Six years later, the downfall of Enron still reverberates. Important principles in the story are either in prison (Andrew Fastow, Jeff Skilling), dead (Ken Lay, Cliff Baxter), very rich (Lou Pai, Rebecca Mark), or somewhere between these states. This historic event that was Enron has made for excellent reading, even for the layman. Wiz kids Skilling and Fastow employed business and accounting methods so complex than only an MBA from Harvard or Columbia could understand them. I am sure that this was their entire point…baffle them with bullshit.
To date, somewhere between 10 and 20 books have been penned about Enron since the company tanked in late 2001. These books can be broadly divided into micro- and macro-scopes. Books devoted to the nitty gritty business-related topics include Smartest Guys in the Room: The Amazing Rise and Scandalous Fall of Enron by Bethany McLean and Peter Elkind and Conspiracy of Fools: A True Story by Kirk Eichenwald. These books are well researched and demand a bit of education on the part of the reader. While not impossible to understand, they require a bit of business wood shedding to understand what is going on. The macro-scope books, which include Pipe Dreams: Greed, Ego, and the Death of Enron by Robert Bryce, offer a view from 30,000 feet of the rise and fall of Enron. Pipe Dreams is a down right social satire skewering the swaggering specter of greed and gluttony.
Add to Pipe Dreams, Power Failure: The Inside Story of the Collapse of Enron by Mimi Swartz and Sherron Watkins. Swartz, like Pipe Dream’s Bryce, is a Houston-based journalist who wrote widely on Enron during its formative years. Watkins was the Enron vice president responsible for the now famous August 2001 memo to Ken Lay expressing concern for the health of Enron:
“Has Enron become a risky place to work? For those of us who didn't get rich over the last few years, can we afford to stay?”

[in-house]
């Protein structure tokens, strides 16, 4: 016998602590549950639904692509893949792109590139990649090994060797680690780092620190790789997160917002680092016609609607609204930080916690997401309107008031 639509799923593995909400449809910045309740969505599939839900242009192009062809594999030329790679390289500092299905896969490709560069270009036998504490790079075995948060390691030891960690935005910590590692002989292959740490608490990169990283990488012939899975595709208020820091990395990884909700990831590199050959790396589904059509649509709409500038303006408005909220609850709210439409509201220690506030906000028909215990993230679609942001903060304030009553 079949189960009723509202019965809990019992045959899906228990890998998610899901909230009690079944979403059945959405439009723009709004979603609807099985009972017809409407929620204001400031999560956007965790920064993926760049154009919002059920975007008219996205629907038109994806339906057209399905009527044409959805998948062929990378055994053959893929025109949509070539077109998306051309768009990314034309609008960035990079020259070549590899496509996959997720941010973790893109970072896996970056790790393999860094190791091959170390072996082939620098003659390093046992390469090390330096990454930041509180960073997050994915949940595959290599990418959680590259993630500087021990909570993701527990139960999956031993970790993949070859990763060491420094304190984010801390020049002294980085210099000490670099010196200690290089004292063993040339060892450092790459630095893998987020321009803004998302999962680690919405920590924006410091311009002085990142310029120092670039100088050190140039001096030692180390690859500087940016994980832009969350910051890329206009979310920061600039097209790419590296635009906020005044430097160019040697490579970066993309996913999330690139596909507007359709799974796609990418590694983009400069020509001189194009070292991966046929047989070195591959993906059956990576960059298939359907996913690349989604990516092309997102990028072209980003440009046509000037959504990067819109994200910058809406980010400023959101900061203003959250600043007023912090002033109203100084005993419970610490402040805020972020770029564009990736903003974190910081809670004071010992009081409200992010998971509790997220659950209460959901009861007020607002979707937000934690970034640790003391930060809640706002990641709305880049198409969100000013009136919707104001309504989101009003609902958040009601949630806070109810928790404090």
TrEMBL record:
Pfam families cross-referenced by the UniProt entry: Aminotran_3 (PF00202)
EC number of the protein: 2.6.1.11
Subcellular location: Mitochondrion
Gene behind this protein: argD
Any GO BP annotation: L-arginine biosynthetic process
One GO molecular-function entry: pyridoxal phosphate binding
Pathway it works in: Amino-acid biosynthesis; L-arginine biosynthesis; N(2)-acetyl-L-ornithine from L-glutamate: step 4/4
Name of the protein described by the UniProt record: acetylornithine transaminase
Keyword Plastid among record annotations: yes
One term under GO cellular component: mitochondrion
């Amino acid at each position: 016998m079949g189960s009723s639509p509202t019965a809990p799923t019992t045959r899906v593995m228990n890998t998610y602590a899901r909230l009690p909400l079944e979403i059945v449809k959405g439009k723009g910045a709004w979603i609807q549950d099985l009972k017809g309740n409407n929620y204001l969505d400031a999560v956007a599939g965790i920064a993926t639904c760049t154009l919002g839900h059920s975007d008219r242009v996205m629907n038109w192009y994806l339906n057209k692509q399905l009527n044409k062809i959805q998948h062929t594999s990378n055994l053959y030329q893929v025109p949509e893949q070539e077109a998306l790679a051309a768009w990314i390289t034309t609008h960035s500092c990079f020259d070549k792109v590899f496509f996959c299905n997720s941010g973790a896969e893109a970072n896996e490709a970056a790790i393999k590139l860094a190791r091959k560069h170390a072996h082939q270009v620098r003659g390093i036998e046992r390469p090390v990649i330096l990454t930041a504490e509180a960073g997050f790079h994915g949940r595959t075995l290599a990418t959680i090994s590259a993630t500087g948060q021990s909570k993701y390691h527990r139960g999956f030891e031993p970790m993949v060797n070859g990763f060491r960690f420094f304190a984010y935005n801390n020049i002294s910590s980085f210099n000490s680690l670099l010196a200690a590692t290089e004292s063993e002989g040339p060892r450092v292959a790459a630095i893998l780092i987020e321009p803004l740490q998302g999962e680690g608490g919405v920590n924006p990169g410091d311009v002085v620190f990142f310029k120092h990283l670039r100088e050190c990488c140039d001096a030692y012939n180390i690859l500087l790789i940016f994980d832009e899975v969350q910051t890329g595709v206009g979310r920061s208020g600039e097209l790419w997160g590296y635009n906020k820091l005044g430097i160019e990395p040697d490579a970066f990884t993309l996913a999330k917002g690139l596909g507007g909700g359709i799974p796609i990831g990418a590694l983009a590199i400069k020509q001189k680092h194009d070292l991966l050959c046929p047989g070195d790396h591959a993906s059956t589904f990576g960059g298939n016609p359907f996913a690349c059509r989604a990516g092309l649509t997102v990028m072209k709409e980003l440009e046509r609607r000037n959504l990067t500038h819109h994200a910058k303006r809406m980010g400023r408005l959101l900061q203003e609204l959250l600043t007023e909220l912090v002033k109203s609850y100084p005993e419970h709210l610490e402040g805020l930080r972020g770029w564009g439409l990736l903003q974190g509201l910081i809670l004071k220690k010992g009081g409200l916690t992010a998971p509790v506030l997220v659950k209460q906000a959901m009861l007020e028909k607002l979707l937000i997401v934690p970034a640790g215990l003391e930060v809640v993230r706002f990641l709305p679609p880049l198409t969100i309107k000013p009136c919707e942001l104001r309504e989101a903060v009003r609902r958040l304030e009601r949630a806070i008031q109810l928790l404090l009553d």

While Watkins had the title of Vice President, the reader must question its veracity due to the constant restructuring and reorganization typifying Enron’s human resources during the 1990s. She was definitely not part of the upper echelon executives bilking the company for millions. Robert Bryce, in Pipe Dreams, titled Chapter 40, “Sherron Watkins Saves Her own Ass” prompting this reader to wonder what illegal activities Ms. Watkins was involved in. Unfortunately, Power Failure does little to clear up this question. The book does provide a grounded view of the company and personalities but lacks the intimacy one would expect from a book co-authored by a person close to the principles. It is almost entirely Mimi Swartz’s voice heard recounting Watkins’s reflections about Enron. In spite of the fact that Ms. Watkins apparently had a personality as big as her native Texas, none of that gives fragrance to this otherwise confused and clinical account.
The story of Enron is mythic in the respect that it possesses all of the elements of an Everyman morality play. There are larger-than-life characters, lust, greed, gluttony, and all of the requisite waste and conspicuous consumption. With this much literary meat, Swartz could have infused the story with loads of pathos, making the book a barn-burning page turner as was Pipe Dreams. Instead, Power Failure comes off a bit bland. Swartz’s tone is also uneven when compared to the admittedly over-the-top sarcasm of Pipe Dreams. One minute, Swartz relays Watkins’s use of course language, including “dickweed” and “buttfuck” and the next she is feigning propriety and not using the full allusion to the James Bond antagonist Pussy Galore when quoting Yahoo! Bulletin Board references to Enron Executive Rebecca Mark. Swartz’s prose fails to create the tension and dread of impending doom that other books on Enron do.
However, Power Failure is not without its merits. Sherron Watkins’s insider position does allow the reader a glimpse of Enron from the trenches up. It also well portrays the corporate excess and waste characterized by Enron. Watkins’s own circumstances are well explored as are her emotions regarding those circumstances, though these are presented in shades of gray rather than in living color. These are the true values of Power Failure that make it necessary Enron reading. A single book devoted to the depth and breathe of this historic corporate scandal is simply not enough to present a complete picture of the graft and extortion perpetrated on the Enron shareholders. Swartz and Watkins opt for the middle ground tone-wise when they could have profited from just a wee bit of anger.
This review was first published in Blogcritics.org
© Copyright, C. Michael Bailey, 2006